To be clear, this is the privilege I was talking about. I have the privilege of having resources available readily and being technically proficient to access them, and of understanding them. I have the privilege of being able to choose my doctor and just pay for it upfront so I can get in to see them when my ED is at its worst. Lastly, I have the privilege of being a man and being listened to. Eating disorders in men are often overlooked, but women’s health issues are far more regularly downplayed by medical professionals and I’m very aware of this. Just by going in, armed with information and an attitude of needing to fix the problem, I was able to get started. I had already prepared the health care plan in case they weren’t confident (again from the Inside Out Institute), luckily this doctor, a younger, more emotionally available gentleman, understood what was required and put it together. Taking the time to explain the process.

In North Queensland we don’t really have the option of choice, we have few professionals who deal with this specifically, and I was lucky enough to get appointments within a few months. I started accessing help when I could feel the decline of my mental health. I’m in a stable relationship with supportive friends. A lot of people with ED’s don’t have those luxuries. I still deal daily with my ED telling me that it’s not a problem, maybe we’re just making a big deal out of nothing, and having seen professionals, I know I can identify that voice and compartmentalise it, weakening its hold on me. Not listening to it when it tells me that maybe professional help is a waste of money (to be clear even with an Eating Disorder Plan, even with the rebates, this is costing me a fair chunk of cash regularly, a luxury a lot of people couldn’t afford (a luxury I couldn’t afford five years ago)).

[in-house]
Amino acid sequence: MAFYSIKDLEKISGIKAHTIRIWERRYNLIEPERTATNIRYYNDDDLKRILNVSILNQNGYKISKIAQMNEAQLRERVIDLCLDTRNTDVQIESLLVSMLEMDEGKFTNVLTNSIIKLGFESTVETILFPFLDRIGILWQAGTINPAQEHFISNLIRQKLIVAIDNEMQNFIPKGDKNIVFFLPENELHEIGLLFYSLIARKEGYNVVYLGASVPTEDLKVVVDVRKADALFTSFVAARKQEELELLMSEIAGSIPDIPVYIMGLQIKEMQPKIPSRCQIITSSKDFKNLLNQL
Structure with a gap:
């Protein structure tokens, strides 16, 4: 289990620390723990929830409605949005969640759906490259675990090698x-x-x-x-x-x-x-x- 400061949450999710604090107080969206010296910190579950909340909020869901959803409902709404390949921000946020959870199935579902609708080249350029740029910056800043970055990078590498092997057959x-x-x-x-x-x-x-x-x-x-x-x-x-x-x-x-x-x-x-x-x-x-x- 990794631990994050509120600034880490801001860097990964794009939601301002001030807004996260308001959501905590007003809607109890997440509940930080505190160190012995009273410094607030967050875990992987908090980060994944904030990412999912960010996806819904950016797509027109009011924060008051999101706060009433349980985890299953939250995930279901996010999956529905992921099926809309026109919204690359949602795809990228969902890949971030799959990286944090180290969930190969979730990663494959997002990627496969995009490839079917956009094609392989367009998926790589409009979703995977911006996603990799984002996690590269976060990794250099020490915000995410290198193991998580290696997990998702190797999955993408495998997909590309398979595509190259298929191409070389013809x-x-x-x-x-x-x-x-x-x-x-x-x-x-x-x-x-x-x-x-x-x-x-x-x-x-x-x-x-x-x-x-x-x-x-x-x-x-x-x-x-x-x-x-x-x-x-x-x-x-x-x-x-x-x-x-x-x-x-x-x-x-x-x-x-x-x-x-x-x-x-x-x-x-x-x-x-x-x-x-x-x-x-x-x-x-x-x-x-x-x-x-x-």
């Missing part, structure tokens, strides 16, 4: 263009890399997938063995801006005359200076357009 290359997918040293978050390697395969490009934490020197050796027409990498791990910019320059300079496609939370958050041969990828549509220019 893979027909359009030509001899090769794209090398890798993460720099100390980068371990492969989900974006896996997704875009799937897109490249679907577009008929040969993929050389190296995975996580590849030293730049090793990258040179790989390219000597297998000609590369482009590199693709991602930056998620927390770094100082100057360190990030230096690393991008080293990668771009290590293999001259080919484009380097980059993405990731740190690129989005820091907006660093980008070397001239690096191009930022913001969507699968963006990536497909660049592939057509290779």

So that’s where I am. I’m getting help, I’m seeing people, and I’m now in the phase where I tell people in an effort to try to destigmatise it. I’ve known many people with mental health issues, and I’ve never found them to be weak or wanting; but when it comes to myself, it feels like the dumbest thing. It feels like a cop-out to say oh yes I have this little voice that tells me that I’m the literal worst and if I don’t sweat enough that I’ll gain weight and be even more unlovable than I already am (god that was bleak).

In an ideal world, I’ll write more of these as I progress. I don’t think this is something you just cure and fix; I think it’s very much so getting a set of tools with which I can battle it regularly, and I’d like to share those tools. I guess so that when someone like me goes searching they can see that eating disorders in men are a thing, and you can get help, and it’s not easy but it’s worth it.